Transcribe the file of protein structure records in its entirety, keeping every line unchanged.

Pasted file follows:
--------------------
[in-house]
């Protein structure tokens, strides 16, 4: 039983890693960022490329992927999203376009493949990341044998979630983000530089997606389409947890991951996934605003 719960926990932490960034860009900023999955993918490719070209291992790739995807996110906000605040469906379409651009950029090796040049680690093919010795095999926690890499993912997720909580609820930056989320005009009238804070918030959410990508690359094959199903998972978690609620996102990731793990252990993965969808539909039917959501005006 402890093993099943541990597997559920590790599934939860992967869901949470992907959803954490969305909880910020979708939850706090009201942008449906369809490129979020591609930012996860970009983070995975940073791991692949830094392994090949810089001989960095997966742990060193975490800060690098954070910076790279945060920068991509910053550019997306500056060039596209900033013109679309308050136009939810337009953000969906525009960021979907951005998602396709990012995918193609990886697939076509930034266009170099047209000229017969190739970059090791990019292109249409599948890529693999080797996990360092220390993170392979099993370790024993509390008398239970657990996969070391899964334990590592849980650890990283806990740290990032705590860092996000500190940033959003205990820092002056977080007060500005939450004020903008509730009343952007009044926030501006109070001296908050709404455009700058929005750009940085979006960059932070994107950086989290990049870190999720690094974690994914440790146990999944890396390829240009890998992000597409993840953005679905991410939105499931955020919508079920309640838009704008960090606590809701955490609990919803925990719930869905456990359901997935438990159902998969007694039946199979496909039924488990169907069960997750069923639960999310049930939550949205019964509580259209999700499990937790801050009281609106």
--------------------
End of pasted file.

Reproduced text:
[in-house]
């Protein structure tokens, strides 16, 4: 039983890693960022490329992927999203376009493949990341044998979630983000530089997606389409947890991951996934605003 719960926990932490960034860009900023999955993918490719070209291992790739995807996110906000605040469906379409651009950029090796040049680690093919010795095999926690890499993912997720909580609820930056989320005009009238804070918030959410990508690359094959199903998972978690609620996102990731793990252990993965969808539909039917959501005006 402890093993099943541990597997559920590790599934939860992967869901949470992907959803954490969305909880910020979708939850706090009201942008449906369809490129979020591609930012996860970009983070995975940073791991692949830094392994090949810089001989960095997966742990060193975490800060690098954070910076790279945060920068991509910053550019997306500056060039596209900033013109679309308050136009939810337009953000969906525009960021979907951005998602396709990012995918193609990886697939076509930034266009170099047209000229017969190739970059090791990019292109249409599948890529693999080797996990360092220390993170392979099993370790024993509390008398239970657990996969070391899964334990590592849980650890990283806990740290990032705590860092996000500190940033959003205990820092002056977080007060500005939450004020903008509730009343952007009044926030501006109070001296908050709404455009700058929005750009940085979006960059932070994107950086989290990049870190999720690094974690994914440790146990999944890396390829240009890998992000597409993840953005679905991410939105499931955020919508079920309640838009704008960090606590809701955490609990919803925990719930869905456990359901997935438990159902998969007694039946199979496909039924488990169907069960997750069923639960999310049930939550949205019964509580259209999700499990937790801050009281609106």